Google's self-serving "innovation without permission"

Something that Alan Davidson, head of Google's Washington office, said at our NVTC net neutrality debate yesterday has been troubling me. He said Google believed in "innovation without permission."

While "innovation without permission" may be a useful mantra in encouraging Google folks from not getting bureaucratic and to "think outside the box" -- it's very troubling because it seems it is their public policy too.

I guess it means Google doesn't need any property owners' permission to innovate.

  • That must be why the publishers are suing them over digitizing their books without permission.
  • That must be why the newspapers are suing them for using their headlines and photos without permission.
  • That must be why trademark owners are suing them for using their trademarks for commercial purposes without permission.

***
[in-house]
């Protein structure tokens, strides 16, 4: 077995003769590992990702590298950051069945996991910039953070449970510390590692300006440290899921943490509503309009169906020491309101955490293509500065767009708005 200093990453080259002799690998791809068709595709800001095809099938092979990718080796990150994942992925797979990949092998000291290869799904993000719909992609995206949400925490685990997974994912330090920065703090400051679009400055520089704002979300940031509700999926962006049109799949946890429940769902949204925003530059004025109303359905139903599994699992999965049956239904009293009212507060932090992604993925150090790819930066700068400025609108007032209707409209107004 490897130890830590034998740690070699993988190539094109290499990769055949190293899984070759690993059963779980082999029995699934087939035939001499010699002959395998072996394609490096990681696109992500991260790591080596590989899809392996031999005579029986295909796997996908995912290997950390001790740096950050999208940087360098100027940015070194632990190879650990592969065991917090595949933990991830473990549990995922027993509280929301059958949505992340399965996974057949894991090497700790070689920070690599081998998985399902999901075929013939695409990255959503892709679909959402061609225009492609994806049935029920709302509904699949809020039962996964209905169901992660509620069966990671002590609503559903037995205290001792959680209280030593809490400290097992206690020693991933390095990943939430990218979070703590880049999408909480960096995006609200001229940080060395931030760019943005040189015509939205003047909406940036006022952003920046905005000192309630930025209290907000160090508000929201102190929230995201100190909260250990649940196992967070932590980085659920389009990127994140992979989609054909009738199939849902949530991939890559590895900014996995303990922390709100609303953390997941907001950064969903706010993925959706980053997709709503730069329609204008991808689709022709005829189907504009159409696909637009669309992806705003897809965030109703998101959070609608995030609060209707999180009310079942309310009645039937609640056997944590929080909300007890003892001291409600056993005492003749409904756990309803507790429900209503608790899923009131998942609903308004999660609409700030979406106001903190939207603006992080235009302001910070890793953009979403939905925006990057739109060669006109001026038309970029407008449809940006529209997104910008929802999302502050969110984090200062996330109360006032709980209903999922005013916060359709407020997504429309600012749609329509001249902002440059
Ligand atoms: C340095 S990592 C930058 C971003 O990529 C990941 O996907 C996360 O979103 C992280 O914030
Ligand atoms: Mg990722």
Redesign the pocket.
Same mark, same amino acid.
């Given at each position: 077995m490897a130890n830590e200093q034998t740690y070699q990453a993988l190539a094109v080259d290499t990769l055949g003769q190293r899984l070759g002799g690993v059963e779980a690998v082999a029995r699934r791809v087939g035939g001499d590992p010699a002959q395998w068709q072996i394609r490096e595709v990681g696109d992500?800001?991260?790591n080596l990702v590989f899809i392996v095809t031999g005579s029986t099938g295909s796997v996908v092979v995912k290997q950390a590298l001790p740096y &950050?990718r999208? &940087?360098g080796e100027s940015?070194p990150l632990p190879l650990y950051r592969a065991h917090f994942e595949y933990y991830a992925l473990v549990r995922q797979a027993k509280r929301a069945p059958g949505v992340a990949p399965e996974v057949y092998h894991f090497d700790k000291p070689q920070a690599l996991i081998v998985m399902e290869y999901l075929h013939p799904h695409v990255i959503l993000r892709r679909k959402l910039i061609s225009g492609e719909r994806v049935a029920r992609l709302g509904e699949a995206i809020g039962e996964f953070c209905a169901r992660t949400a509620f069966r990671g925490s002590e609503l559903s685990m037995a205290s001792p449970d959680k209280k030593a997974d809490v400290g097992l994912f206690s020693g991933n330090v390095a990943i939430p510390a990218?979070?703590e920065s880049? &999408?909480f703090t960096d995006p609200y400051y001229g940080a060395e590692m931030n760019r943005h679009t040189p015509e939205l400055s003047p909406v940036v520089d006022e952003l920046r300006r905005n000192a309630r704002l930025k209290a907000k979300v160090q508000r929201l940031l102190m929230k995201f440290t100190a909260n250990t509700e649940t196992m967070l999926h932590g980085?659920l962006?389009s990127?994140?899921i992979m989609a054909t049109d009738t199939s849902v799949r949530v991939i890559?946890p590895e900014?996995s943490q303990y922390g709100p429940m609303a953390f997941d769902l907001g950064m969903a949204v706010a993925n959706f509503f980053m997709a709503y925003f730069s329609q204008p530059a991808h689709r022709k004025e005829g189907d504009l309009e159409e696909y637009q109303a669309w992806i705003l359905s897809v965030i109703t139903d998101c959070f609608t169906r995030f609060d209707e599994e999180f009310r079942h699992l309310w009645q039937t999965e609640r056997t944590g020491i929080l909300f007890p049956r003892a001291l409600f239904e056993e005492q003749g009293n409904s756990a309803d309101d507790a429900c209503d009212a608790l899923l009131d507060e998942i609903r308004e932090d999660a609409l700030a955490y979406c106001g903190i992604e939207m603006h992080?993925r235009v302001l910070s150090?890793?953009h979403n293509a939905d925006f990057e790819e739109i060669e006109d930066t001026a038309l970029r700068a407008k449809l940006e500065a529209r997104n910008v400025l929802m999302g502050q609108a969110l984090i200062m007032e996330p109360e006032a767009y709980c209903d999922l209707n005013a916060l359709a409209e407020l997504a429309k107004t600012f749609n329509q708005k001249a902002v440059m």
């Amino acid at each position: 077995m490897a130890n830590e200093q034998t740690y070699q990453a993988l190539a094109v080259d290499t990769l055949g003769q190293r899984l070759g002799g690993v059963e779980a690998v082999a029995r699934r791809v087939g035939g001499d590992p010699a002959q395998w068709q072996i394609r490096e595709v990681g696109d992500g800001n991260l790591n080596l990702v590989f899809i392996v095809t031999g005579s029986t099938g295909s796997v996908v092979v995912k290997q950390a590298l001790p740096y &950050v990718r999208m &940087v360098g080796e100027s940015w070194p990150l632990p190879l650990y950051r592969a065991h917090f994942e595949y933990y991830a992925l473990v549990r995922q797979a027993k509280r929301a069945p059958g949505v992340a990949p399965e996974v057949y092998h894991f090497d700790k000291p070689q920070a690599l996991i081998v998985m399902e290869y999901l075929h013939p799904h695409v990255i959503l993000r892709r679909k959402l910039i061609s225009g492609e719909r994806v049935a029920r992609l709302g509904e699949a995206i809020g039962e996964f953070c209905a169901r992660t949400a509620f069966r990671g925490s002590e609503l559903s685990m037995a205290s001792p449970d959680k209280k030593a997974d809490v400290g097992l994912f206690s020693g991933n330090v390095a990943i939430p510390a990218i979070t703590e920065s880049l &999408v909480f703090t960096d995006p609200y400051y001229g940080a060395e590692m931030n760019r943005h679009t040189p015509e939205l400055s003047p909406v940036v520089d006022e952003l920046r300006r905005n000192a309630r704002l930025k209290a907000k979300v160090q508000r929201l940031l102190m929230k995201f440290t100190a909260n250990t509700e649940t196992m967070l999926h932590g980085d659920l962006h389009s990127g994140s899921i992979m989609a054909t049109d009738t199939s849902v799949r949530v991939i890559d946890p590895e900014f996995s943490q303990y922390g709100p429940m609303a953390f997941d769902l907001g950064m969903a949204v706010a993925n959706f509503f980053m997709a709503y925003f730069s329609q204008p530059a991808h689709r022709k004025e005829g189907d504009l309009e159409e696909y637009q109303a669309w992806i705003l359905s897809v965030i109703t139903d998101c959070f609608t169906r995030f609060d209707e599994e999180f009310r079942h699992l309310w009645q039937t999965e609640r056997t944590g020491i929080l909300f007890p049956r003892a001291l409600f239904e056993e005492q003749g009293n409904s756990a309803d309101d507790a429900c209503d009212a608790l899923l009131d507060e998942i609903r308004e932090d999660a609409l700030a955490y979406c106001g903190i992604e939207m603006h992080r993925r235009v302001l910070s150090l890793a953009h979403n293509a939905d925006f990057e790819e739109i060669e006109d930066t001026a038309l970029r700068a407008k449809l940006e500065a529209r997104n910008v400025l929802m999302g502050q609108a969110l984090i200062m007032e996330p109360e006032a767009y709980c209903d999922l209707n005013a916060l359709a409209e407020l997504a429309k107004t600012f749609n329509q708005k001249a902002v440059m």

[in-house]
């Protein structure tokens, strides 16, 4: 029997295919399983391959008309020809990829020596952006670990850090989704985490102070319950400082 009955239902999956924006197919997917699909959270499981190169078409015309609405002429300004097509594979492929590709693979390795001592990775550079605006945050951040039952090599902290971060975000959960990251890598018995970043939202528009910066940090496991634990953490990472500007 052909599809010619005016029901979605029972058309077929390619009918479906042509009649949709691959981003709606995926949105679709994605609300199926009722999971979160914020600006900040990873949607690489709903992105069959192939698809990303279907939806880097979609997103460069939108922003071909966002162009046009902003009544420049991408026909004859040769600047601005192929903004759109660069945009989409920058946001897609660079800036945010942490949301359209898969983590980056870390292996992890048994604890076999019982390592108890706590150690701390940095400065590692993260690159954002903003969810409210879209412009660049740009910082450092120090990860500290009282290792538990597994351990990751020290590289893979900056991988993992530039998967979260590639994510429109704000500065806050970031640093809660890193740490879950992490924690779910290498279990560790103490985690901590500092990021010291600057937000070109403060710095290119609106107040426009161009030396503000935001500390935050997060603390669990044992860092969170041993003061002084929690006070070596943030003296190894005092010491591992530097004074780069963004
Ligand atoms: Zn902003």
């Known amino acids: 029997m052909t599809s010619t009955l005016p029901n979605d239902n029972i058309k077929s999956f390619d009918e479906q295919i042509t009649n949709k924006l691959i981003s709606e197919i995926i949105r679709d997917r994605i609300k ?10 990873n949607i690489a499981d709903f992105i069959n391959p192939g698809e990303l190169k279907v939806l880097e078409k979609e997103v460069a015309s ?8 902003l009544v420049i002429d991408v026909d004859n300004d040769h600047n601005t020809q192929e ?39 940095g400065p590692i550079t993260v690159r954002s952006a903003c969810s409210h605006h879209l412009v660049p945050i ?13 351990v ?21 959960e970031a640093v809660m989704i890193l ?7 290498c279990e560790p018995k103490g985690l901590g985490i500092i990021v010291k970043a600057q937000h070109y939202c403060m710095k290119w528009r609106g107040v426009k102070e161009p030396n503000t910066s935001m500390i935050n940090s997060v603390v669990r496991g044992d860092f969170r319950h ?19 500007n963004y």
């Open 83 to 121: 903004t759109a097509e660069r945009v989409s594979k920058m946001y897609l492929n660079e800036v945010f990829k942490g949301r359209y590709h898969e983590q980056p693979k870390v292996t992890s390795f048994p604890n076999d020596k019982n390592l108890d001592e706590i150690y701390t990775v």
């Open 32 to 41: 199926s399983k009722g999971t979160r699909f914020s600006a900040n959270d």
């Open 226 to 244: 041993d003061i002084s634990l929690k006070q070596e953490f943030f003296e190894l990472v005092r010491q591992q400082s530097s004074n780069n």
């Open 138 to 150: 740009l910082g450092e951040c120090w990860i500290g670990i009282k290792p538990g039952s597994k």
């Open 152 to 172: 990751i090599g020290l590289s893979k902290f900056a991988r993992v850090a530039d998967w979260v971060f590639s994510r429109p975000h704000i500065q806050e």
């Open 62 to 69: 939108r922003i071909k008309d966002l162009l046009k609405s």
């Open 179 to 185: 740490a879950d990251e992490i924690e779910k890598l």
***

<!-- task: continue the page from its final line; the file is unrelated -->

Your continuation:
What a buzz kill to have to ASK for permission to innovate. Doesn't everyone understand that Google is just "liberating" that property for the common good and just earning a little commission along the way for their altruism? What's the harm in that? They are not "doing evil" are they?

An interesting quote in yesterday's Wall Street Journal article "Tailoring Ads to email users, Google has some poor fits'."

  • "Gmail creator Paul Buchheit sneaked the ad technology into a Gmail test version even after a Google executive tried to persuade him not to and it stuck. (Like it or not, it is mandatory for Gmail users --)"

Seems like "innovation without permission" may be spawning a reckless culture that disrespects anyone or anything that stands in its way. Innovation uber alles.

Doesn't this sound like a Sarbanes Oxley type internal control problem that could be generating enormous liabilities for shareholders?